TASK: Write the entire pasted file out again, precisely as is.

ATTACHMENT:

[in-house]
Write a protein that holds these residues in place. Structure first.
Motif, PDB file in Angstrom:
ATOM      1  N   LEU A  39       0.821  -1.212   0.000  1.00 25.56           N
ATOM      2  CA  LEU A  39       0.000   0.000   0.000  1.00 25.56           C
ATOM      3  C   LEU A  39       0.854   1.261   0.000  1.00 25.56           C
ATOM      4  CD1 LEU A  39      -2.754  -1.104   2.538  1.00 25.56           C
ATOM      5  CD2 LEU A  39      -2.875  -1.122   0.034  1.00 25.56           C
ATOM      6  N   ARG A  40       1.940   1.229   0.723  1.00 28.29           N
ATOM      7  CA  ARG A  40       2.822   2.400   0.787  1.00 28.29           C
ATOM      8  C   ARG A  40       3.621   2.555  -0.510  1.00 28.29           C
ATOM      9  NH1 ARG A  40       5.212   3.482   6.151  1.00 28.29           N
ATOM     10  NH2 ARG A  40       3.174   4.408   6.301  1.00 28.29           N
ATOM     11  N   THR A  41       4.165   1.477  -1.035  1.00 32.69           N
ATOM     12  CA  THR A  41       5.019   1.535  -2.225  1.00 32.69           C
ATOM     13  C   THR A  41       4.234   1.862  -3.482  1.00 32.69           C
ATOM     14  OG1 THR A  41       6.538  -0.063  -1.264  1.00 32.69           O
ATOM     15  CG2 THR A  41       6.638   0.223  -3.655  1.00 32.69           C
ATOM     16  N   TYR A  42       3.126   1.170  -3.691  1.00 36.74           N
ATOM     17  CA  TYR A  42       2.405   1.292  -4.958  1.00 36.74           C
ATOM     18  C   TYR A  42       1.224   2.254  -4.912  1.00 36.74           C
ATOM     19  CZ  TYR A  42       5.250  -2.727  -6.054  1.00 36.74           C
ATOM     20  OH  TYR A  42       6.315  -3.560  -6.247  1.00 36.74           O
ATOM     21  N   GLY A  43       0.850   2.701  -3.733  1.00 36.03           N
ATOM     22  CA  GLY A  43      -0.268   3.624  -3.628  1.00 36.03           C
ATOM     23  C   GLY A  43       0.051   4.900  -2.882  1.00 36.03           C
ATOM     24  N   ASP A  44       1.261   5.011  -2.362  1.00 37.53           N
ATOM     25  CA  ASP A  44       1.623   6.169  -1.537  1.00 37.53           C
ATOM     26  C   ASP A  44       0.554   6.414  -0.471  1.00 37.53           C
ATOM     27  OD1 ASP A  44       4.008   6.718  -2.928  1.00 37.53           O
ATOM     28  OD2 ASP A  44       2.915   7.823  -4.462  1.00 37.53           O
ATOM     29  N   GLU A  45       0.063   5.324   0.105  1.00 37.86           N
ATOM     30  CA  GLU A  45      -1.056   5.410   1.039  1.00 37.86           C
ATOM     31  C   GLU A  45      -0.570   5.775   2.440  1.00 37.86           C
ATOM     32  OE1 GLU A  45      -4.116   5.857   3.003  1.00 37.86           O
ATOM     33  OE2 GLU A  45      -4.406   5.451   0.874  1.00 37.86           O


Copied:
[in-house]
Write a protein that holds these residues in place. Structure first.
Motif, PDB file in Angstrom:
ATOM      1  N   LEU A  39       0.821  -1.212   0.000  1.00 25.56           N
ATOM      2  CA  LEU A  39       0.000   0.000   0.000  1.00 25.56           C
ATOM      3  C   LEU A  39       0.854   1.261   0.000  1.00 25.56           C
ATOM      4  CD1 LEU A  39      -2.754  -1.104   2.538  1.00 25.56           C
ATOM      5  CD2 LEU A  39      -2.875  -1.122   0.034  1.00 25.56           C
ATOM      6  N   ARG A  40       1.940   1.229   0.723  1.00 28.29           N
ATOM      7  CA  ARG A  40       2.822   2.400   0.787  1.00 28.29           C
ATOM      8  C   ARG A  40       3.621   2.555  -0.510  1.00 28.29           C
ATOM      9  NH1 ARG A  40       5.212   3.482   6.151  1.00 28.29           N
ATOM     10  NH2 ARG A  40       3.174   4.408   6.301  1.00 28.29           N
ATOM     11  N   THR A  41       4.165   1.477  -1.035  1.00 32.69           N
ATOM     12  CA  THR A  41       5.019   1.535  -2.225  1.00 32.69           C
ATOM     13  C   THR A  41       4.234   1.862  -3.482  1.00 32.69           C
ATOM     14  OG1 THR A  41       6.538  -0.063  -1.264  1.00 32.69           O
ATOM     15  CG2 THR A  41       6.638   0.223  -3.655  1.00 32.69           C
ATOM     16  N   TYR A  42       3.126   1.170  -3.691  1.00 36.74           N
ATOM     17  CA  TYR A  42       2.405   1.292  -4.958  1.00 36.74           C
ATOM     18  C   TYR A  42       1.224   2.254  -4.912  1.00 36.74           C
ATOM     19  CZ  TYR A  42       5.250  -2.727  -6.054  1.00 36.74           C
ATOM     20  OH  TYR A  42       6.315  -3.560  -6.247  1.00 36.74           O
ATOM     21  N   GLY A  43       0.850   2.701  -3.733  1.00 36.03           N
ATOM     22  CA  GLY A  43      -0.268   3.624  -3.628  1.00 36.03           C
ATOM     23  C   GLY A  43       0.051   4.900  -2.882  1.00 36.03           C
ATOM     24  N   ASP A  44       1.261   5.011  -2.362  1.00 37.53           N
ATOM     25  CA  ASP A  44       1.623   6.169  -1.537  1.00 37.53           C
ATOM     26  C   ASP A  44       0.554   6.414  -0.471  1.00 37.53           C
ATOM     27  OD1 ASP A  44       4.008   6.718  -2.928  1.00 37.53           O
ATOM     28  OD2 ASP A  44       2.915   7.823  -4.462  1.00 37.53           O
ATOM     29  N   GLU A  45       0.063   5.324   0.105  1.00 37.86           N
ATOM     30  CA  GLU A  45      -1.056   5.410   1.039  1.00 37.86           C
ATOM     31  C   GLU A  45      -0.570   5.775   2.440  1.00 37.86           C
ATOM     32  OE1 GLU A  45      -4.116   5.857   3.003  1.00 37.86           O
ATOM     33  OE2 GLU A  45      -4.406   5.451   0.874  1.00 37.86           O